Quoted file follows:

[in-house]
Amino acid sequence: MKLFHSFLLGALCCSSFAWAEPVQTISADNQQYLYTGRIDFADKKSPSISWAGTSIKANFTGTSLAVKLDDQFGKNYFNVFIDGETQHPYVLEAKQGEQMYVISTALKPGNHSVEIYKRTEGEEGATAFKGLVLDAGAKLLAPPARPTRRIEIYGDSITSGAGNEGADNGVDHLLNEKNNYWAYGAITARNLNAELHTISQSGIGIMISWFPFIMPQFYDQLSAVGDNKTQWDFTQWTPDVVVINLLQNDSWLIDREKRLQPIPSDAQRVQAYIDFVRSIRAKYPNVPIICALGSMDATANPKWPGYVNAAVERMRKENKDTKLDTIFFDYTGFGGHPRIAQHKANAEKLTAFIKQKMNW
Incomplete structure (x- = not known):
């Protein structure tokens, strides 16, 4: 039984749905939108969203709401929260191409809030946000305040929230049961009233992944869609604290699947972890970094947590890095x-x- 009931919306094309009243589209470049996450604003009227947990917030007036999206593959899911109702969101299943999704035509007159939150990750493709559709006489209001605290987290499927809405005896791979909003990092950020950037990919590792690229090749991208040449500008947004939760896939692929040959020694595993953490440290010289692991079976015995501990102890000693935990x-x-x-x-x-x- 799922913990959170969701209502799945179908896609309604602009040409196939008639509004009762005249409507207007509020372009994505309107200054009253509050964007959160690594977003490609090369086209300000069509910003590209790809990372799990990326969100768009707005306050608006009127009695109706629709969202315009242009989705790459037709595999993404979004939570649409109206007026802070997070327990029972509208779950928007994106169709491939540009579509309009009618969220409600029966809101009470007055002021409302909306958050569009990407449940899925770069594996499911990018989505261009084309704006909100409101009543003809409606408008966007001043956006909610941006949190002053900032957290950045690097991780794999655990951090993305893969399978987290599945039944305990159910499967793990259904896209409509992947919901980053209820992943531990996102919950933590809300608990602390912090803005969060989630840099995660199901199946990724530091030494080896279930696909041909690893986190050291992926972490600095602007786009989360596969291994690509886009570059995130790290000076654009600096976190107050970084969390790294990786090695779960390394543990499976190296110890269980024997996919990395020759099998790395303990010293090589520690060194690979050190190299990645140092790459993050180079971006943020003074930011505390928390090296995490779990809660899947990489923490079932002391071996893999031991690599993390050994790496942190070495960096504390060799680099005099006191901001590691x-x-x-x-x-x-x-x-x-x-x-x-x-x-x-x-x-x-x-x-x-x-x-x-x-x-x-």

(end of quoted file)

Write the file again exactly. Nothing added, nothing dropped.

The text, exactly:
[in-house]
Amino acid sequence: MKLFHSFLLGALCCSSFAWAEPVQTISADNQQYLYTGRIDFADKKSPSISWAGTSIKANFTGTSLAVKLDDQFGKNYFNVFIDGETQHPYVLEAKQGEQMYVISTALKPGNHSVEIYKRTEGEEGATAFKGLVLDAGAKLLAPPARPTRRIEIYGDSITSGAGNEGADNGVDHLLNEKNNYWAYGAITARNLNAELHTISQSGIGIMISWFPFIMPQFYDQLSAVGDNKTQWDFTQWTPDVVVINLLQNDSWLIDREKRLQPIPSDAQRVQAYIDFVRSIRAKYPNVPIICALGSMDATANPKWPGYVNAAVERMRKENKDTKLDTIFFDYTGFGGHPRIAQHKANAEKLTAFIKQKMNW
Incomplete structure (x- = not known):
């Protein structure tokens, strides 16, 4: 039984749905939108969203709401929260191409809030946000305040929230049961009233992944869609604290699947972890970094947590890095x-x- 009931919306094309009243589209470049996450604003009227947990917030007036999206593959899911109702969101299943999704035509007159939150990750493709559709006489209001605290987290499927809405005896791979909003990092950020950037990919590792690229090749991208040449500008947004939760896939692929040959020694595993953490440290010289692991079976015995501990102890000693935990x-x-x-x-x-x- 799922913990959170969701209502799945179908896609309604602009040409196939008639509004009762005249409507207007509020372009994505309107200054009253509050964007959160690594977003490609090369086209300000069509910003590209790809990372799990990326969100768009707005306050608006009127009695109706629709969202315009242009989705790459037709595999993404979004939570649409109206007026802070997070327990029972509208779950928007994106169709491939540009579509309009009618969220409600029966809101009470007055002021409302909306958050569009990407449940899925770069594996499911990018989505261009084309704006909100409101009543003809409606408008966007001043956006909610941006949190002053900032957290950045690097991780794999655990951090993305893969399978987290599945039944305990159910499967793990259904896209409509992947919901980053209820992943531990996102919950933590809300608990602390912090803005969060989630840099995660199901199946990724530091030494080896279930696909041909690893986190050291992926972490600095602007786009989360596969291994690509886009570059995130790290000076654009600096976190107050970084969390790294990786090695779960390394543990499976190296110890269980024997996919990395020759099998790395303990010293090589520690060194690979050190190299990645140092790459993050180079971006943020003074930011505390928390090296995490779990809660899947990489923490079932002391071996893999031991690599993390050994790496942190070495960096504390060799680099005099006191901001590691x-x-x-x-x-x-x-x-x-x-x-x-x-x-x-x-x-x-x-x-x-x-x-x-x-x-x-």